Reebok India on Tuesday has lodged a first information report (FIR) with Gurgaon Police alleging that its former managing director Subhinder Singh Prem and COO Vishnu Bhagat had “stolen” products by setting up “secret warehouses”, fudged accounts and indulged in fictitious sales to cause a Rs 8,700 crores dent to the company.
In a regulatory filings on May 1, Adidas, which owns the Reebok brand, had said that commercial irregularities in India had forced it to take a Rs 870 crores hit in addition to restructuring spend of Rs 470 crores planned in 2012. Reebok India’s turnover is estimated at around Rs 600 crores.
“In respect of the account receivable balances, which were at such regional outstanding reports, showed the official balance reported to the group and various adjustments to be made (for) arriving at a ‘net recoverable amount’,” the FIR said. In case of one customer, the company alleged that the amount outstanding as per its records was Rs 34.36 crores, compared to Rs 13.32 crores in the ROR. On December 31, 2011, the official accounts receivable of all customers was estimated at Rs 1,007 crores, compared to around Rs 476 crores in the ROR.
“In order to hide the fraud, the accused malafidely (sic) passed on extra margin to the customers on the invoice which were treated as credit note reduction as issuing a credit note would have made it obvious that the balance reported in the books (were) not correct,” it added.
The company has also accused the two former executives of raising invoices of Rs 86 crore on customers for products already invoiced and delivered in 2010-11, which is against the norm. Reebok said that this was done to claim bonus and incentives. Reebok has suggested that the police conduct a “thorough investigation and custodial investigation” of the two former executives. Maheswar Dyal, DCP (East) Gurgaon, said that the police would call Reebok executives on this week to get more details on the FIR.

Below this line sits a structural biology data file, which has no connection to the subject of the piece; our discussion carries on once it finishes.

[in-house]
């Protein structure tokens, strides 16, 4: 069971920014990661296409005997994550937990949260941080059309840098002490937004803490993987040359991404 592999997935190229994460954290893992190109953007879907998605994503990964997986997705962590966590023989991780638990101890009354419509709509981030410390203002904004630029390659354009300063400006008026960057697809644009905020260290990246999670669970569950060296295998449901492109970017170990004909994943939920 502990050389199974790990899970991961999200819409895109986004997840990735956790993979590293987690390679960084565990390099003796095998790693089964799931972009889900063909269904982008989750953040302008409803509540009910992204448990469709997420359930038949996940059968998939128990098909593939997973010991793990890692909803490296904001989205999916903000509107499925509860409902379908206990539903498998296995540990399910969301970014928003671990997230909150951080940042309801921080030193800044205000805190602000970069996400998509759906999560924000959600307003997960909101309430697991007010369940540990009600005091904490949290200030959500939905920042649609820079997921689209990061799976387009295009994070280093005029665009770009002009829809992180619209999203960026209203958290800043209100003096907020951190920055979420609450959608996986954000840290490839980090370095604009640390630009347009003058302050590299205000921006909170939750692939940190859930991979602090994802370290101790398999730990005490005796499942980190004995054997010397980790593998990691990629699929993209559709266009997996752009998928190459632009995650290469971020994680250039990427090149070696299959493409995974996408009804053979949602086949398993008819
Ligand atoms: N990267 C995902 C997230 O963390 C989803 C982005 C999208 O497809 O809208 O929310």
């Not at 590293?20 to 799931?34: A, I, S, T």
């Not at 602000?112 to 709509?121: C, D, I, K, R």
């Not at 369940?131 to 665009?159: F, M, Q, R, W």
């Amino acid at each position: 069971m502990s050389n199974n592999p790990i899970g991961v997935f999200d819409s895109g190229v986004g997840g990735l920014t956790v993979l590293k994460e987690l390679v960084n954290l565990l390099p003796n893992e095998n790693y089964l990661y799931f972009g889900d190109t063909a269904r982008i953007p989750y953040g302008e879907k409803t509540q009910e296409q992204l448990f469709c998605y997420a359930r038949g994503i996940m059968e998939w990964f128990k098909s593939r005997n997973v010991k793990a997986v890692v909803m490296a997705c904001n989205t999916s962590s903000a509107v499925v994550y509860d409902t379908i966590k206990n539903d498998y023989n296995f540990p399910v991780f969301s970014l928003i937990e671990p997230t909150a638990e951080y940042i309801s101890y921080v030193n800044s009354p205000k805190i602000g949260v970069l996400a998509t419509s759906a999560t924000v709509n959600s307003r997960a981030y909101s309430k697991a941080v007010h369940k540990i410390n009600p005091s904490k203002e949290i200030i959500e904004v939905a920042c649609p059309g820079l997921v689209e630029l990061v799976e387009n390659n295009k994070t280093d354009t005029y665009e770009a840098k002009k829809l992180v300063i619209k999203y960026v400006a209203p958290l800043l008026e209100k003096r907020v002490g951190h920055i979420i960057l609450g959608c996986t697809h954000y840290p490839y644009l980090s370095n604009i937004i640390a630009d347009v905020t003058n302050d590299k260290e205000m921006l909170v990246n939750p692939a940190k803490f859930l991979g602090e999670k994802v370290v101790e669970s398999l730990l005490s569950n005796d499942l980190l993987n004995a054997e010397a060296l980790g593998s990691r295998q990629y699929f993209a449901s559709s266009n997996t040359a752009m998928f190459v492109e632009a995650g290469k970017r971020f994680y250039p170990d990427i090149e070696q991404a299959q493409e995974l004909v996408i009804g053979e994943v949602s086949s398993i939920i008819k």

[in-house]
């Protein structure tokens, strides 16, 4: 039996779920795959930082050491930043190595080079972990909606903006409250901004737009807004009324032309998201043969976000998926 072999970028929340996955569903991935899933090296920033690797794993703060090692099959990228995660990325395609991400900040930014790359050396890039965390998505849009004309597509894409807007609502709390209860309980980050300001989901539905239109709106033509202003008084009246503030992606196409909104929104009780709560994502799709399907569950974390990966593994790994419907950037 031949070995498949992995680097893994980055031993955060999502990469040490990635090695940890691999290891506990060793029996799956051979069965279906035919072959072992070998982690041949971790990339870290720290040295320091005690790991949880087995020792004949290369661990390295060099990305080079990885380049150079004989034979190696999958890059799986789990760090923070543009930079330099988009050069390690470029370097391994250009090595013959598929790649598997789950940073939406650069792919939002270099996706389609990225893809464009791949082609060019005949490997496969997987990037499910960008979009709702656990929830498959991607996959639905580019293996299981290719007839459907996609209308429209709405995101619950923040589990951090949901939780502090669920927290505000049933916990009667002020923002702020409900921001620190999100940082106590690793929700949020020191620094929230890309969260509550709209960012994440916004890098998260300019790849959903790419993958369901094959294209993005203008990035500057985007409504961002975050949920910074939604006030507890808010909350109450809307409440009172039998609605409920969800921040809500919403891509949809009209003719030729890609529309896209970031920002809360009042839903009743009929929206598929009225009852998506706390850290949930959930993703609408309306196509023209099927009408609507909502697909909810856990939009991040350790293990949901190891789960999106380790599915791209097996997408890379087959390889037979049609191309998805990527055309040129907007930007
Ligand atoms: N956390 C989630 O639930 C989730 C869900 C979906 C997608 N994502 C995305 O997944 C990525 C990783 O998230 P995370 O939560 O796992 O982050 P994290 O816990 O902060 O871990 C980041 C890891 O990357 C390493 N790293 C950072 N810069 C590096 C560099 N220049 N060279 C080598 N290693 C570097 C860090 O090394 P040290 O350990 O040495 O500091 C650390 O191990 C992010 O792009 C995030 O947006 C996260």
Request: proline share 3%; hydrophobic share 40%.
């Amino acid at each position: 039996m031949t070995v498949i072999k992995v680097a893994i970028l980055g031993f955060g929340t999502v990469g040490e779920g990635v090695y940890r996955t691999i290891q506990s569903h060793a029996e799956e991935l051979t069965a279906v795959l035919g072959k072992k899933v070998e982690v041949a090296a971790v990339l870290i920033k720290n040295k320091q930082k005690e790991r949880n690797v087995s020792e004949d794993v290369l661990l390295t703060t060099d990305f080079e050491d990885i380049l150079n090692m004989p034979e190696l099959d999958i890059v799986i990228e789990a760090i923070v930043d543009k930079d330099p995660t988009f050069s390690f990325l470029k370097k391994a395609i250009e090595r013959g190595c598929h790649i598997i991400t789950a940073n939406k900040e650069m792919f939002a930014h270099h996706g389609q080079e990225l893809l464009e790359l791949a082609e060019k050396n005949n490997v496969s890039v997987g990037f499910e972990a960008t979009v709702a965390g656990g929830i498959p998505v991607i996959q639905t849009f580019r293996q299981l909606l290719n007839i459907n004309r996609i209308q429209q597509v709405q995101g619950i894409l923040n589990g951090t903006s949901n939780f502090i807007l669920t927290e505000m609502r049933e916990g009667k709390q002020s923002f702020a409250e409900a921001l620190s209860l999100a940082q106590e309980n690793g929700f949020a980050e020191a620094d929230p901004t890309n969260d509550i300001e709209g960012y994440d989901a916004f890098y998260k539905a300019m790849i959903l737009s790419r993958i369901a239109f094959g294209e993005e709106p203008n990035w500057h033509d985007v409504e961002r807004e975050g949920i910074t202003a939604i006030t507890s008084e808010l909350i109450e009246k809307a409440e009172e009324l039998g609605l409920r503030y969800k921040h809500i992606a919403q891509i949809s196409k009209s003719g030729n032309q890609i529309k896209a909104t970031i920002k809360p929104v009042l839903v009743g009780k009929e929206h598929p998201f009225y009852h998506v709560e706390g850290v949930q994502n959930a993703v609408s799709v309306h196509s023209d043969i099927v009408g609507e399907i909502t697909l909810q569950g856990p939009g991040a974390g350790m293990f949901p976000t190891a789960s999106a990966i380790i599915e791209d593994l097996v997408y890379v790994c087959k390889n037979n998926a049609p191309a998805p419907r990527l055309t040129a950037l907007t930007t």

Earlier, Prem sued his former employer for Rs 15 crore in damages. The lawyers have also demanded from Adidas, contractual dues of Rs 12.7 crore, which includes Prem’s performance bonus for 2011 and his severance package.
If the allegations are found correct, this would be the second biggest corporate scandal in India after Satyam, where Ramalinga Raju was accused of orchestrating a Rs 14,000 crores fraud. And this would also be on the lines with the on-going battle between kidswear major Lilliput and its PE investors TPG and Bain Capital, where the investors have accused Lilliput Founder and MD, Sanjeev Narula of fudging with company accounts. As rising cases of corruption, scandals and delayed policy decisions coupled with staggering growth and high inflation is affecting the investor confidence, rise in number of incidents such as Lilliput and Reebok would further create an uncertainty over the entry of foreign giants in India and it also puts a question mark on prospects and performance of the organised retailing in the country.